Saturday, March 2, 2019

Madagascar Part I


There are lots of places I've wanted to visit for many years, and I've been lucky to get to many of them. One place that had escaped me was Madagascar. I was very fond of geography as a young kid, and I always wanted to see the world, but Madagascar was a place that fascinated me endlessly, for no real reason. I've spent a little time learning about it here and there, but it never completely captured my attention in part because it seemed so far away, and so difficult to get there. But as I said, I've been able to see many of the destinations I dreamed of, and as I was getting older, it was starting to surprise me that I never made more of an effort to see it. Though, preliminary research shows it's a bit daunting as a vacation spot. It's one of the places where they sometimes still have outbreaks of the plague. Infrastructure is not good, and I'd learn after visiting, some Malagasy people think it's in decline. It's not easy to get there - though more airlines are starting to serve the place. And it's pretty much impossible to drive there as a foreigner. 




Regardless of all that, I knew it was time to see Madagascar. I did a lot more research and decided we would not be doing this on our own - I'd use a tour company. Even though we are typically very independent travelers (having only used tour companies to hike in Peru, and buy advance train tickets in Asia) in the end, I was very glad to have made this decision, though it meant that our guide was with us almost all the time. That said, I thought the trip length was good; we had about ten days to first do a three-day journey on the Tsiribihina River. Next, we'd see baobabs, including the famous Baobab Alley, and then make our way by land back to the capital. Then we'd do a short tour of the eastern part of the very large country.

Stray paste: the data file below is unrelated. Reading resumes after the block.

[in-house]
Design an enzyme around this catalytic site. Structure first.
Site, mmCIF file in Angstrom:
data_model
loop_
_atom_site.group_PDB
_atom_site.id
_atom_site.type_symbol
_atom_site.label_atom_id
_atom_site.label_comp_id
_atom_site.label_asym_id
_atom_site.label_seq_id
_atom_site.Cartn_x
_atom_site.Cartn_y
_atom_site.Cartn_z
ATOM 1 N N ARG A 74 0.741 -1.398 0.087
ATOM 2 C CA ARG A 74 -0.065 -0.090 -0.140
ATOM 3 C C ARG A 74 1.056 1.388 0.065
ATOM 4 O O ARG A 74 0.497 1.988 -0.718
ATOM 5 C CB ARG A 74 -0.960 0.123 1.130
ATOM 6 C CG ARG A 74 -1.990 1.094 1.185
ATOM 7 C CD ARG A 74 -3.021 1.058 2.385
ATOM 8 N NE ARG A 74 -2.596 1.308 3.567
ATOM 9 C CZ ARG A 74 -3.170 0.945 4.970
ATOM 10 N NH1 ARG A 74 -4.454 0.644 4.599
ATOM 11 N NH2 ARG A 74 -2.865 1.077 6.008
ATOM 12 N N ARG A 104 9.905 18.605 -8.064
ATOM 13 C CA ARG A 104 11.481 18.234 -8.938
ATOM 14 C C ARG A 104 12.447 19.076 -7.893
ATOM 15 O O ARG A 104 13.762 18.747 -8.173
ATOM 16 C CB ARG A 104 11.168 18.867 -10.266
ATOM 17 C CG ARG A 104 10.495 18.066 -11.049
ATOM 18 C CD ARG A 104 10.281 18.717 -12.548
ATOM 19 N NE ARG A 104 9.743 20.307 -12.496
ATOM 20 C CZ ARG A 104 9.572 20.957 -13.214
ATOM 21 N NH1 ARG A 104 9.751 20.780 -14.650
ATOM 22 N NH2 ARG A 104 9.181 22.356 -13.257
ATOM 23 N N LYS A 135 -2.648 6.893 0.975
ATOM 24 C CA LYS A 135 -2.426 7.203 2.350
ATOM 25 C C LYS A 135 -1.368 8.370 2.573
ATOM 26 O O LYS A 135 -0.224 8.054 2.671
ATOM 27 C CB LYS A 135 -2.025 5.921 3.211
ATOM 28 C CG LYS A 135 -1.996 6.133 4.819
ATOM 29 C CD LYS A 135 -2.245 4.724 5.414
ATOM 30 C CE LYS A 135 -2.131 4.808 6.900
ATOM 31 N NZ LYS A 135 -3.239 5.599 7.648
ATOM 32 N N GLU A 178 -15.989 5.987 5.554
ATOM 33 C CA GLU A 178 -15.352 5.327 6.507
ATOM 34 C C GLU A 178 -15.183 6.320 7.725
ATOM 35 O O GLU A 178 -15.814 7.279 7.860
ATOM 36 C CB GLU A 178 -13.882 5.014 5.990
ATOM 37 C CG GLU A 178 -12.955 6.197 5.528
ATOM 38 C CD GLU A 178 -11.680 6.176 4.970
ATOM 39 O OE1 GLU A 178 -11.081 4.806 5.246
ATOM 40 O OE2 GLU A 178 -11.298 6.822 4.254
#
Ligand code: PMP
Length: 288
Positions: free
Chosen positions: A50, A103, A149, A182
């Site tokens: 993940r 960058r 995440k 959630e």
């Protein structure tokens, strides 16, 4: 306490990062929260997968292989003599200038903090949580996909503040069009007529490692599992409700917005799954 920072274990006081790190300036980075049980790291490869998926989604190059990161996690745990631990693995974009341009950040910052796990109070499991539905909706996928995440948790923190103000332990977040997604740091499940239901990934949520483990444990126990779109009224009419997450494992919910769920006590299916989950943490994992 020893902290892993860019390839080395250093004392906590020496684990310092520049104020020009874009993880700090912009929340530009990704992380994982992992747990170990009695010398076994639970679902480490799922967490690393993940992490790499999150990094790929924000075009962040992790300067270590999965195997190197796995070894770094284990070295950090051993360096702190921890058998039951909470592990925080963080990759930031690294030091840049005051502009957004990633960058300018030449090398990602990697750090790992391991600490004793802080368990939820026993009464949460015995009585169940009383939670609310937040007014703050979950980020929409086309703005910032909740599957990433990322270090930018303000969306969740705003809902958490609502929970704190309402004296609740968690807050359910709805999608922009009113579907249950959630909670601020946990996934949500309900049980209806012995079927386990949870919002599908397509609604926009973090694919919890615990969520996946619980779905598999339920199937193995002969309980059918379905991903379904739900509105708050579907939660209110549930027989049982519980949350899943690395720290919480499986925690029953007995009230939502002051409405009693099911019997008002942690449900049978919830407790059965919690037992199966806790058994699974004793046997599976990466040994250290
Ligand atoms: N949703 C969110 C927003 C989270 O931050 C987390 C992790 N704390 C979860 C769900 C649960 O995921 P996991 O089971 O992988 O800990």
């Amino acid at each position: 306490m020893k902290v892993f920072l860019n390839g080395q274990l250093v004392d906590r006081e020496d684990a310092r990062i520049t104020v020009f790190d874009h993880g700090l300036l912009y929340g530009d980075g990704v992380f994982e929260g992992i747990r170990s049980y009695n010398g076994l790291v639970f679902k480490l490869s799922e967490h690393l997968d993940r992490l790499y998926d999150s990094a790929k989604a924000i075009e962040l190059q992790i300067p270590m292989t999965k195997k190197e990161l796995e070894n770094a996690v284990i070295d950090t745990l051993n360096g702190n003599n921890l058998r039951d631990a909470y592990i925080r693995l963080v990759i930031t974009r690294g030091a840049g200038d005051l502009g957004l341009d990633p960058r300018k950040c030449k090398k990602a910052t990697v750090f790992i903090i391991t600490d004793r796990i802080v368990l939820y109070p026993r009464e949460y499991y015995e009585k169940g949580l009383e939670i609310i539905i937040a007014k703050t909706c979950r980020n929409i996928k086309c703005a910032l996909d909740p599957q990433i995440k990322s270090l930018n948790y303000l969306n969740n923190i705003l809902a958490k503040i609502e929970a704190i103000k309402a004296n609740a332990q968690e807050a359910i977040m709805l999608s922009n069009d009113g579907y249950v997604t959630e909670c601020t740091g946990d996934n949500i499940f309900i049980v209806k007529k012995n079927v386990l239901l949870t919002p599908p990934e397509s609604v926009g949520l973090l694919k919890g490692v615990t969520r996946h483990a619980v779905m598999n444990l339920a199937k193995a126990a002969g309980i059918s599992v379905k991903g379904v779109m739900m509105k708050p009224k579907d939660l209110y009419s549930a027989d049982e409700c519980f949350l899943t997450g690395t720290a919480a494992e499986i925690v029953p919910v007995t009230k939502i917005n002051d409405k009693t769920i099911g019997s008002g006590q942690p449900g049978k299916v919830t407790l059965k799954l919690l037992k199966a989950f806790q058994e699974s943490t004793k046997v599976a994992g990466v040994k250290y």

First, we had to be shuttled from the airport to the start of our river tour, with a night's rest in between. It was a good introduction to the country - an incredibly spare room at a run-down hotel with electricity that cut out periodically. 
The next day, we went to a large market where we met our minibus. It was just a chaotic lot full of people, market stalls, and vehicles. The roads in Madagascar were torn up with potholes and are more or less destroyed. It was a very rough ride, to say the least. Everyone stopped for breakfast at a roadside restaurant. I wasn't interested in food, but I was happy to see this little dog.
This was what the view from the road looked like in the countryside of Madagascar. The place has undergone a lot of deforestation as people have tried to cultivate land, cook food, and build stuff.

It's an agrarian society. We saw lots of small family farms, and various livestock, though of course, nothing like a feedlot. Many cows were used to carry plows, for example, and were not meant for food in every instance. We also saw lots of people growing rice, and drying it on the side of the road. It would get run over as trucks and vehicles passed. Madagascar was unlike any other place I've been.


There are of course still towns here with modern amenities. We finally arrive at the town where we'd stay overnight before heading to the riverbank.




This was the sunset from our little cabin. It was a simple little place; a wooden cabin with a porch and inside, just a bed with a mosquito net and thr most basic but clean bathroom.


The stars at night were incredible, and more than made up for our lack of stuff like internet. I was a tad disconcerted though. Our guide, a nice dude named Manda, told us that there was a very small chance that we'd encounter bandits on the river. He had arranged for a guard to join us, but hadn't been able to get in touch with him. He assured us all would be well. But now I would worry a bit.